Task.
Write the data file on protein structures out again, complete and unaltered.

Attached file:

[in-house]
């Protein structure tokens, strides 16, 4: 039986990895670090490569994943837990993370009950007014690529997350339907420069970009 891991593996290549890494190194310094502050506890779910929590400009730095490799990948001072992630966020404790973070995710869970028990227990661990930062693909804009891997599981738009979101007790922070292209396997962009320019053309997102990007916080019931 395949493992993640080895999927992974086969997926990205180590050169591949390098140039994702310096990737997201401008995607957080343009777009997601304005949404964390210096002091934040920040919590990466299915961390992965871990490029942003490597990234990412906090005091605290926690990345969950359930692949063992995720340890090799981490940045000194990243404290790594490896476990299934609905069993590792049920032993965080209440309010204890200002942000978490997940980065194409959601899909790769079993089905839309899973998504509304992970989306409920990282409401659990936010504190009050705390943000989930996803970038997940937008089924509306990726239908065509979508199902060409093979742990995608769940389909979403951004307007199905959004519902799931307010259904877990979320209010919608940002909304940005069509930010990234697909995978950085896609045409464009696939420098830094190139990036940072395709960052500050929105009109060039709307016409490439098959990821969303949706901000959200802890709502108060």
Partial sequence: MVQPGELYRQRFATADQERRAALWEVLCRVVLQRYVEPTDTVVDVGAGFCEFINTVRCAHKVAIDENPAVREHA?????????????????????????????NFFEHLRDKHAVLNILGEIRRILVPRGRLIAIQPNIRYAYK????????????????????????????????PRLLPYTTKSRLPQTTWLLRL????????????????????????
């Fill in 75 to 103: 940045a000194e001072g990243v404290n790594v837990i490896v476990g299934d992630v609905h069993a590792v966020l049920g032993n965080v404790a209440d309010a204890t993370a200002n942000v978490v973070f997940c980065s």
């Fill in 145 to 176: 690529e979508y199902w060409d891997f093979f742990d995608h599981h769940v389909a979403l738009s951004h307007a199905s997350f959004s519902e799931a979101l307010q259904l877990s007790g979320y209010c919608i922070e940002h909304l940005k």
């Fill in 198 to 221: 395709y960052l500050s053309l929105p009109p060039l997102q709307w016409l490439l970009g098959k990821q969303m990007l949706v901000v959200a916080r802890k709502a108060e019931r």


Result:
[in-house]
């Protein structure tokens, strides 16, 4: 039986990895670090490569994943837990993370009950007014690529997350339907420069970009 891991593996290549890494190194310094502050506890779910929590400009730095490799990948001072992630966020404790973070995710869970028990227990661990930062693909804009891997599981738009979101007790922070292209396997962009320019053309997102990007916080019931 395949493992993640080895999927992974086969997926990205180590050169591949390098140039994702310096990737997201401008995607957080343009777009997601304005949404964390210096002091934040920040919590990466299915961390992965871990490029942003490597990234990412906090005091605290926690990345969950359930692949063992995720340890090799981490940045000194990243404290790594490896476990299934609905069993590792049920032993965080209440309010204890200002942000978490997940980065194409959601899909790769079993089905839309899973998504509304992970989306409920990282409401659990936010504190009050705390943000989930996803970038997940937008089924509306990726239908065509979508199902060409093979742990995608769940389909979403951004307007199905959004519902799931307010259904877990979320209010919608940002909304940005069509930010990234697909995978950085896609045409464009696939420098830094190139990036940072395709960052500050929105009109060039709307016409490439098959990821969303949706901000959200802890709502108060």
Partial sequence: MVQPGELYRQRFATADQERRAALWEVLCRVVLQRYVEPTDTVVDVGAGFCEFINTVRCAHKVAIDENPAVREHA?????????????????????????????NFFEHLRDKHAVLNILGEIRRILVPRGRLIAIQPNIRYAYK????????????????????????????????PRLLPYTTKSRLPQTTWLLRL????????????????????????
């Fill in 75 to 103: 940045a000194e001072g990243v404290n790594v837990i490896v476990g299934d992630v609905h069993a590792v966020l049920g032993n965080v404790a209440d309010a204890t993370a200002n942000v978490v973070f997940c980065s």
């Fill in 145 to 176: 690529e979508y199902w060409d891997f093979f742990d995608h599981h769940v389909a979403l738009s951004h307007a199905s997350f959004s519902e799931a979101l307010q259904l877990s007790g979320y209010c919608i922070e940002h909304l940005k």
């Fill in 198 to 221: 395709y960052l500050s053309l929105p009109p060039l997102q709307w016409l490439l970009g098959k990821q969303m990007l949706v901000v959200a916080r802890k709502a108060e019931r």